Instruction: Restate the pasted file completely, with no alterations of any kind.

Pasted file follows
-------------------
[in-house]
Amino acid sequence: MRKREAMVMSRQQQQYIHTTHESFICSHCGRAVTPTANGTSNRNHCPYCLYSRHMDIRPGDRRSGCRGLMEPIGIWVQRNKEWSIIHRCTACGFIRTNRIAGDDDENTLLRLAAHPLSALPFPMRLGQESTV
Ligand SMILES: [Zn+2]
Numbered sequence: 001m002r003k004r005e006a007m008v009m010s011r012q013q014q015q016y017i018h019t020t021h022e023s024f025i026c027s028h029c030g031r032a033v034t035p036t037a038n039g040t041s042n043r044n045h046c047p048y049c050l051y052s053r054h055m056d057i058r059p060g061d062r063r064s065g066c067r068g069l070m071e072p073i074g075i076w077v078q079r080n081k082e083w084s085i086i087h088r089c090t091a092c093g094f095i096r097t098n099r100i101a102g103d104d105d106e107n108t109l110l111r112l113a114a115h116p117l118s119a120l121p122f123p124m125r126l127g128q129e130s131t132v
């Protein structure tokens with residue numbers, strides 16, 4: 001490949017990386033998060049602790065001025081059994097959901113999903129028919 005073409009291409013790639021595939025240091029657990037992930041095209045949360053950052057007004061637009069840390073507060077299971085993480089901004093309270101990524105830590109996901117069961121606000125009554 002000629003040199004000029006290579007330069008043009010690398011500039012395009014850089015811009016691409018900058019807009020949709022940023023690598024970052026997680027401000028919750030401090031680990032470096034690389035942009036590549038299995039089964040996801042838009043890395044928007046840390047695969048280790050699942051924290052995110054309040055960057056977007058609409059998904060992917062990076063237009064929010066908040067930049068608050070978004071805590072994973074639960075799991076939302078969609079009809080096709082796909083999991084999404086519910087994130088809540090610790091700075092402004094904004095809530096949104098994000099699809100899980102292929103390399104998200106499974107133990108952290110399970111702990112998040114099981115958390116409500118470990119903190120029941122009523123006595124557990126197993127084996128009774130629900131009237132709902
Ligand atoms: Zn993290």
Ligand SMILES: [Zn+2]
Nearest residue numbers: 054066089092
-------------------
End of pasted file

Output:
[in-house]
Amino acid sequence: MRKREAMVMSRQQQQYIHTTHESFICSHCGRAVTPTANGTSNRNHCPYCLYSRHMDIRPGDRRSGCRGLMEPIGIWVQRNKEWSIIHRCTACGFIRTNRIAGDDDENTLLRLAAHPLSALPFPMRLGQESTV
Ligand SMILES: [Zn+2]
Numbered sequence: 001m002r003k004r005e006a007m008v009m010s011r012q013q014q015q016y017i018h019t020t021h022e023s024f025i026c027s028h029c030g031r032a033v034t035p036t037a038n039g040t041s042n043r044n045h046c047p048y049c050l051y052s053r054h055m056d057i058r059p060g061d062r063r064s065g066c067r068g069l070m071e072p073i074g075i076w077v078q079r080n081k082e083w084s085i086i087h088r089c090t091a092c093g094f095i096r097t098n099r100i101a102g103d104d105d106e107n108t109l110l111r112l113a114a115h116p117l118s119a120l121p122f123p124m125r126l127g128q129e130s131t132v
């Protein structure tokens with residue numbers, strides 16, 4: 001490949017990386033998060049602790065001025081059994097959901113999903129028919 005073409009291409013790639021595939025240091029657990037992930041095209045949360053950052057007004061637009069840390073507060077299971085993480089901004093309270101990524105830590109996901117069961121606000125009554 002000629003040199004000029006290579007330069008043009010690398011500039012395009014850089015811009016691409018900058019807009020949709022940023023690598024970052026997680027401000028919750030401090031680990032470096034690389035942009036590549038299995039089964040996801042838009043890395044928007046840390047695969048280790050699942051924290052995110054309040055960057056977007058609409059998904060992917062990076063237009064929010066908040067930049068608050070978004071805590072994973074639960075799991076939302078969609079009809080096709082796909083999991084999404086519910087994130088809540090610790091700075092402004094904004095809530096949104098994000099699809100899980102292929103390399104998200106499974107133990108952290110399970111702990112998040114099981115958390116409500118470990119903190120029941122009523123006595124557990126197993127084996128009774130629900131009237132709902
Ligand atoms: Zn993290």
Ligand SMILES: [Zn+2]
Nearest residue numbers: 054066089092